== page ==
Patron Saint[edit]

The school's patron saint is Aloysius Gonzaga. A small chapel in one of the towers of St Peter's Church is dedicated to him, while scenes from his life are depicted in the large murals above the tabernacle of the Boys' Chapel.

Our Lady[edit]

The Jesuit's founder, St Ignatius of Loyola, in his Spiritual Exercises asks the reader to pray to Our Lady, and through Our Lady to offer themselves as poor servants to her Son. Following these guidelines the school has always kept the feast days of Our Lady, and has a number of statues and altars dedicated to her. The school has the Lady's Statue, which sits at the top of a grand avenue to the school. The long avenue became a useful place for processions, such as the grand Corpus Christi processions, and to add to the religious experience the statue of Our Lady was erected by the school (in 1882) at the top of it. The statue is a replica of one put up in Rome by Pius IX in honour of the Immaculate Conception.[4]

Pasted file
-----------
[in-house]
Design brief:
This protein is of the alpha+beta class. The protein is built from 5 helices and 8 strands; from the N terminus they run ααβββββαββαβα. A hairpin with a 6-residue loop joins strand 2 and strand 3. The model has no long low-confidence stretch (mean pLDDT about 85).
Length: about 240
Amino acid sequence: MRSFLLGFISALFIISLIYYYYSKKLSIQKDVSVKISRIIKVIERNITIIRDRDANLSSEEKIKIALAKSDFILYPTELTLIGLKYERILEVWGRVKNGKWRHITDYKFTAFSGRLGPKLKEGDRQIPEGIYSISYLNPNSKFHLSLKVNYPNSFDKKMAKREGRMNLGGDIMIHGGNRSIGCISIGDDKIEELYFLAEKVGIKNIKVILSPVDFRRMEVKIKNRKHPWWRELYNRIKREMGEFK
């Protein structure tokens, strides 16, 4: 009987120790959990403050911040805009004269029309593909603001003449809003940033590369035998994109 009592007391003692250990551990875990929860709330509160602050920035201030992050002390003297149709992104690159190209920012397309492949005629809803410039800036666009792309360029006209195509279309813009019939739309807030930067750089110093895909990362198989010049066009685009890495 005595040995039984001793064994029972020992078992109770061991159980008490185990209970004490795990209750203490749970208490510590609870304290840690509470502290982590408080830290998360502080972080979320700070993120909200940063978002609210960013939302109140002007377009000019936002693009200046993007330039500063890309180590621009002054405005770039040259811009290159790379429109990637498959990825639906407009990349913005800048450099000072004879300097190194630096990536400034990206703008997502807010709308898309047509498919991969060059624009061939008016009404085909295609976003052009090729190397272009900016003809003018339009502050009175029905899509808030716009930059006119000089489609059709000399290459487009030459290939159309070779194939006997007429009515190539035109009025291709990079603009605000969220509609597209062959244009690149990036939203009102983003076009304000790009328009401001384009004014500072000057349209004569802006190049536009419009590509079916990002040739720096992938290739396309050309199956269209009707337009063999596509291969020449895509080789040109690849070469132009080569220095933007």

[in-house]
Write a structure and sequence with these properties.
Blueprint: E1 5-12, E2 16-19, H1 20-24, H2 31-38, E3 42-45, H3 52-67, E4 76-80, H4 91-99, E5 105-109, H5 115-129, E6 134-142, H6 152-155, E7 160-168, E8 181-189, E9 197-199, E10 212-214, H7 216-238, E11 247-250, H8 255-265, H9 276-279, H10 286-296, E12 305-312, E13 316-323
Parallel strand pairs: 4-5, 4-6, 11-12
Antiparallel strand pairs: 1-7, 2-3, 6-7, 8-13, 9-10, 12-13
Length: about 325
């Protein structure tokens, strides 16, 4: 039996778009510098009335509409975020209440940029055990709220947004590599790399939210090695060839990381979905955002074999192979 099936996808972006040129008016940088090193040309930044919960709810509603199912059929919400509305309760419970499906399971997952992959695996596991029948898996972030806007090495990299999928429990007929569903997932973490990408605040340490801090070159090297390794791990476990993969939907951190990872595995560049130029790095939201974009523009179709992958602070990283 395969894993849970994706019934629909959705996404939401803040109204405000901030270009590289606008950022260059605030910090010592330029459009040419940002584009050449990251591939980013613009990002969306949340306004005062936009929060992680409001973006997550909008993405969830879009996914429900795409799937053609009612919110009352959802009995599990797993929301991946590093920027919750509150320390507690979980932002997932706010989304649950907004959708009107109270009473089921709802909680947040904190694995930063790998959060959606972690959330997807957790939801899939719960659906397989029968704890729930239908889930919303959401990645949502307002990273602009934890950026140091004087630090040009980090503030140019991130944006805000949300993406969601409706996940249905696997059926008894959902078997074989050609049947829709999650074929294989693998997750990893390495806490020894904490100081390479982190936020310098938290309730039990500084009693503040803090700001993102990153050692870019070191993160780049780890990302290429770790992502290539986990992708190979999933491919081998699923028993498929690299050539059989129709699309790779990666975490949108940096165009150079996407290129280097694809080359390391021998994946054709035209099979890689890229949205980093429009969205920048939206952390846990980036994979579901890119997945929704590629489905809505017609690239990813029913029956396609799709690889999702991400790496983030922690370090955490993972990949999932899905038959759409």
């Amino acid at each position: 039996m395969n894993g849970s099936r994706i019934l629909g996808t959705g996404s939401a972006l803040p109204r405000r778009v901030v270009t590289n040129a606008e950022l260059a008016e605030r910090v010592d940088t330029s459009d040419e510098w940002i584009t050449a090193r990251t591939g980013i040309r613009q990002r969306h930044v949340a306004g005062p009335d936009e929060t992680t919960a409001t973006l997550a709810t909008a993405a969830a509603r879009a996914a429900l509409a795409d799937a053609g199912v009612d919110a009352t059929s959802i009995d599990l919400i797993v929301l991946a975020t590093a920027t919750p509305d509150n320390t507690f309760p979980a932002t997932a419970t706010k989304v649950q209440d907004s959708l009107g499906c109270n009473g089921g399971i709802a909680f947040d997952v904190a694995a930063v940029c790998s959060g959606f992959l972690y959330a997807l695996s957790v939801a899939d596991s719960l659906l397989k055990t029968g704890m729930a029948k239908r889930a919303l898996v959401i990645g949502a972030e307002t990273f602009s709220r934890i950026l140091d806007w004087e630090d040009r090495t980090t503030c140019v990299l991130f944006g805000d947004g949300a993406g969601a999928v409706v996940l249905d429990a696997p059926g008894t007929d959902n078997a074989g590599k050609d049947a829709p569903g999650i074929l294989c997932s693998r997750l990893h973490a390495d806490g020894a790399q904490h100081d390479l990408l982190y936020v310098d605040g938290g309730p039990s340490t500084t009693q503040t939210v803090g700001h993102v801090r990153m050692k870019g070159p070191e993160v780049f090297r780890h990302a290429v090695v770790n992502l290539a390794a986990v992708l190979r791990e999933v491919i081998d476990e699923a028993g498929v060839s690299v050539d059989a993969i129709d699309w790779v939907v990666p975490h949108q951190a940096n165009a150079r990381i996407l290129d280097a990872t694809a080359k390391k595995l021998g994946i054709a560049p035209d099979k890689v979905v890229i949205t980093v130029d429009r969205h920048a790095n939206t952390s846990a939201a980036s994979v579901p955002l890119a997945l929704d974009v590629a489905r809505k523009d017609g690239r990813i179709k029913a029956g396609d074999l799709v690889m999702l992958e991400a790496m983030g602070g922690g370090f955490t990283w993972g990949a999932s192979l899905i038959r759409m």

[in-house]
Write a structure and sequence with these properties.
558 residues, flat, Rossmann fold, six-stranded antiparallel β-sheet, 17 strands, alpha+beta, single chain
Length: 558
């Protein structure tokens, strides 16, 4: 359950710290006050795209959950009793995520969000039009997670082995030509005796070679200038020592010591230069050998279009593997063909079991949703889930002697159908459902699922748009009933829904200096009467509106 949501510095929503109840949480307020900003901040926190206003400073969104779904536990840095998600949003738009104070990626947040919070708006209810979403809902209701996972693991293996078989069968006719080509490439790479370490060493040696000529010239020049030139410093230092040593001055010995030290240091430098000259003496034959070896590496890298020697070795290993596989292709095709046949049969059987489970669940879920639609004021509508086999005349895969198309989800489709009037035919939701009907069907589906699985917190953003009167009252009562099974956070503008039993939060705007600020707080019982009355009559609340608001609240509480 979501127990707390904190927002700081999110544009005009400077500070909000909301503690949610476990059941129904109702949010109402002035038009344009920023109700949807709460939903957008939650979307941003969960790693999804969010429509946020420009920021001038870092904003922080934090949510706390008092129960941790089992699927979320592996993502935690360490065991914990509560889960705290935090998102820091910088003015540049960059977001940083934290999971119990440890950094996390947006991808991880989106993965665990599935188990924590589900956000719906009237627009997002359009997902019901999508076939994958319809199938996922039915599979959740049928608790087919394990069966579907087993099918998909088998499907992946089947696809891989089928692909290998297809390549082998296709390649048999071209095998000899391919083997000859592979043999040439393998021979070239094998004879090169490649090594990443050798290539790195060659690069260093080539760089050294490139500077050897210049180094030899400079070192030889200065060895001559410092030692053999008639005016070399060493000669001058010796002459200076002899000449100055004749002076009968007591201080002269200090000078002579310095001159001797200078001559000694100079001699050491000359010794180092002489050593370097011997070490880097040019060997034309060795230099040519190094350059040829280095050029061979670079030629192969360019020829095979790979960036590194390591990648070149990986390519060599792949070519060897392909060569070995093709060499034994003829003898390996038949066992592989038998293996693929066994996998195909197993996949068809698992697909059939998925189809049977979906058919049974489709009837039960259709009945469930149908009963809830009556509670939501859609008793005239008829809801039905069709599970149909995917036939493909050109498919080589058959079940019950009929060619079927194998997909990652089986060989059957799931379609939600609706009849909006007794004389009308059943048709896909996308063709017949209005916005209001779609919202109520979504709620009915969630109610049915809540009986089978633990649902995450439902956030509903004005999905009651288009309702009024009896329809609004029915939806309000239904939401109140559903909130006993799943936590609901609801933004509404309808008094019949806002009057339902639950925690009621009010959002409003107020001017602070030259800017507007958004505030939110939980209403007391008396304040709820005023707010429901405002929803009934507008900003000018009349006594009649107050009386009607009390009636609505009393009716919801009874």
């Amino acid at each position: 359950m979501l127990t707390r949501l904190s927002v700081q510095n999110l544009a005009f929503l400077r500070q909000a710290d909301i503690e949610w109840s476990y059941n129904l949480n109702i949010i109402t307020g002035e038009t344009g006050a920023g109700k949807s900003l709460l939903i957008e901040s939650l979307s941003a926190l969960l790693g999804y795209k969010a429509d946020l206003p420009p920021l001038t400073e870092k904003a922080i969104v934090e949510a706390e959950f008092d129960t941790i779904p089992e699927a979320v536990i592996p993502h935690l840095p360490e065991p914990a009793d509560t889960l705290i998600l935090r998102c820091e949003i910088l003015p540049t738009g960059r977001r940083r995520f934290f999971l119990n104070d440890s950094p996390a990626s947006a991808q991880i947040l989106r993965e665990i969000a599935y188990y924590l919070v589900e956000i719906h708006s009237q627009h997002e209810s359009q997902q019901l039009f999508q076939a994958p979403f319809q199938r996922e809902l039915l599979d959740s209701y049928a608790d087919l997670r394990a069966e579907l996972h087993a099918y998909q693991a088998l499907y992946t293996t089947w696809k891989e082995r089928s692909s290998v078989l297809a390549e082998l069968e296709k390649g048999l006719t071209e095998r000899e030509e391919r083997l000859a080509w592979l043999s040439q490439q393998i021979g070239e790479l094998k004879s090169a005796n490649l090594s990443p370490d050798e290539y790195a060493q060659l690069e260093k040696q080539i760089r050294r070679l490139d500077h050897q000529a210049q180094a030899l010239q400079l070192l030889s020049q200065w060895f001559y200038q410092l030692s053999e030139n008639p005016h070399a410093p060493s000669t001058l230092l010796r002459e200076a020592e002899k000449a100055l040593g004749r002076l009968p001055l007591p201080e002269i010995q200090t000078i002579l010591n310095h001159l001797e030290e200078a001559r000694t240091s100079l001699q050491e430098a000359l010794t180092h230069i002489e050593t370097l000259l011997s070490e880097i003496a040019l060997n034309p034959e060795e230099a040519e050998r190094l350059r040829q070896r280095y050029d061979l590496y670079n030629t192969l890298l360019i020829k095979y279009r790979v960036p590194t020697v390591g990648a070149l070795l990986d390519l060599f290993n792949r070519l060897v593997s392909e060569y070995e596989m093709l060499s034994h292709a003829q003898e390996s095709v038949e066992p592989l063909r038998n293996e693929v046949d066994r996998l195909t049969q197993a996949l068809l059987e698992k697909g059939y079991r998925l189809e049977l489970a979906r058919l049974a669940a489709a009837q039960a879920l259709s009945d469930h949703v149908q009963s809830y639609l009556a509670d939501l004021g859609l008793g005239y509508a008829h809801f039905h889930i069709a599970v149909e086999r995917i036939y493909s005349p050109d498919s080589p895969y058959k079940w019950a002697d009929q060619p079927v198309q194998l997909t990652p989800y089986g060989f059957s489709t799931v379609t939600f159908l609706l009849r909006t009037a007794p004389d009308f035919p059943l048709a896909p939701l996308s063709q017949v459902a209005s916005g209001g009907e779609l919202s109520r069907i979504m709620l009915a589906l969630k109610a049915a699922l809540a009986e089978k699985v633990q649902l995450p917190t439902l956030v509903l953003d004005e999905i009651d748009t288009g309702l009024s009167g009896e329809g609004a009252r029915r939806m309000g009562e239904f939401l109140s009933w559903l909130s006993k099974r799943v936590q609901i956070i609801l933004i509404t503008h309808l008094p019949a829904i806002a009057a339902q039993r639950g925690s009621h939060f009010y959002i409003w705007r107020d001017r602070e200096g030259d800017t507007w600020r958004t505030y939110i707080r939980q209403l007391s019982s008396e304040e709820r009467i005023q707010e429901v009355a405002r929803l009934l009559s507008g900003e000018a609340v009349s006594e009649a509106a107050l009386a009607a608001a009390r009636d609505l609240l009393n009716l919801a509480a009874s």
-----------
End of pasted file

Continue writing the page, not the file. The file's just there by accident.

Inside the school, depictions of Our Lady's life are in all areas of the school. Outside the Boys Chapel, there is a statue of Our Lady with the baby Jesus, and in the past during the month of May, May Verses were exhibited here.[4]

Early on in the development of the Society of Jesus, they founded and promoted the Sodality of Our Lady, their primary organisation for their students until the 1960s, which they used to encourage frequent attendance at Mass, reception of communion, daily recitation of the Rosary, and attendance at retreats. The Sodality Chapel of Our Lady at Stonyhurst is situated near the Arundel Library, and recently the Association re-founded the Sodality.